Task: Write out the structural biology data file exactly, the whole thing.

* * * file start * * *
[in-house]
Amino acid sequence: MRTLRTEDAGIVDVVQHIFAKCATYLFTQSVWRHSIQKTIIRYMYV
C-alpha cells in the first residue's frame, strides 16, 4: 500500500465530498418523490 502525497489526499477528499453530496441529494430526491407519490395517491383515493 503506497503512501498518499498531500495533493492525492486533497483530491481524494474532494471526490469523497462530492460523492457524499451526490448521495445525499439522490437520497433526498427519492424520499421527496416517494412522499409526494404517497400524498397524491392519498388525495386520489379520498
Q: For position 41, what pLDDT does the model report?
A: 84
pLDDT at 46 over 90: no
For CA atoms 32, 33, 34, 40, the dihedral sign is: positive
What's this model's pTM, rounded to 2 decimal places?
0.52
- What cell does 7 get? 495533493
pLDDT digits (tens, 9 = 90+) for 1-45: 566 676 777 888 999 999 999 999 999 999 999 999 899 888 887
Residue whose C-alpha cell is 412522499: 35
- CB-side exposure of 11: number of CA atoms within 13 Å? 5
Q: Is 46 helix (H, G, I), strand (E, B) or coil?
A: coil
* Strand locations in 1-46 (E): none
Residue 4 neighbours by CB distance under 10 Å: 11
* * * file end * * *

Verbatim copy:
[in-house]
Amino acid sequence: MRTLRTEDAGIVDVVQHIFAKCATYLFTQSVWRHSIQKTIIRYMYV
C-alpha cells in the first residue's frame, strides 16, 4: 500500500465530498418523490 502525497489526499477528499453530496441529494430526491407519490395517491383515493 503506497503512501498518499498531500495533493492525492486533497483530491481524494474532494471526490469523497462530492460523492457524499451526490448521495445525499439522490437520497433526498427519492424520499421527496416517494412522499409526494404517497400524498397524491392519498388525495386520489379520498
Q: For position 41, what pLDDT does the model report?
A: 84
pLDDT at 46 over 90: no
For CA atoms 32, 33, 34, 40, the dihedral sign is: positive
What's this model's pTM, rounded to 2 decimal places?
0.52
- What cell does 7 get? 495533493
pLDDT digits (tens, 9 = 90+) for 1-45: 566 676 777 888 999 999 999 999 999 999 999 999 899 888 887
Residue whose C-alpha cell is 412522499: 35
- CB-side exposure of 11: number of CA atoms within 13 Å? 5
Q: Is 46 helix (H, G, I), strand (E, B) or coil?
A: coil
* Strand locations in 1-46 (E): none
Residue 4 neighbours by CB distance under 10 Å: 11